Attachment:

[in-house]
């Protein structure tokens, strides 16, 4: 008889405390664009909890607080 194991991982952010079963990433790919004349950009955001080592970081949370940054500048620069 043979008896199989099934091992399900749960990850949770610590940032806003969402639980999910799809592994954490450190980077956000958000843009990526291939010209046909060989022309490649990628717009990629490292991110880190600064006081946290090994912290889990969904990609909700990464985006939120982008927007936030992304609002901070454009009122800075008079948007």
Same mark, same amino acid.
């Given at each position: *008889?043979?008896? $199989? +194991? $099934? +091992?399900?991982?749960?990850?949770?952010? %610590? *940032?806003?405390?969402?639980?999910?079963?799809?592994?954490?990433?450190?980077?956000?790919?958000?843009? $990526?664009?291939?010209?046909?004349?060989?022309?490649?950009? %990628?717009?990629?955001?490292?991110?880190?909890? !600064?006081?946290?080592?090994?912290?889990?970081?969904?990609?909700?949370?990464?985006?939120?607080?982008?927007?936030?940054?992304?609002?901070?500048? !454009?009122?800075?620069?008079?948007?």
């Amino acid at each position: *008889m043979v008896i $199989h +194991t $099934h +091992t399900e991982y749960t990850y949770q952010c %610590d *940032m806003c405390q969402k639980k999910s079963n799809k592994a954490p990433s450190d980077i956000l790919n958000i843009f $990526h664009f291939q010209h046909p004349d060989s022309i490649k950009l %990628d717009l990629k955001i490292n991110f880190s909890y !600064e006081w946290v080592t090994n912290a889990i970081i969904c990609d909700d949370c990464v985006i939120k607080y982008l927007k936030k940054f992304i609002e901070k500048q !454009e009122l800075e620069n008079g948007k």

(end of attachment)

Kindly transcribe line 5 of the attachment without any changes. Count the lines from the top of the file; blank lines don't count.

């Amino acid at each position: *008889m043979v008896i $199989h +194991t $099934h +091992t399900e991982y749960t990850y949770q952010c %610590d *940032m806003c405390q969402k639980k999910s079963n799809k592994a954490p990433s450190d980077i956000l790919n958000i843009f $990526h664009f291939q010209h046909p004349d060989s022309i490649k950009l %990628d717009l990629k955001i490292n991110f880190s909890y !600064e006081w946290v080592t090994n912290a889990i970081i969904c990609d909700d949370c990464v985006i939120k607080y982008l927007k936030k940054f992304i609002e901070k500048q !454009e009122l800075e620069n008079g948007k």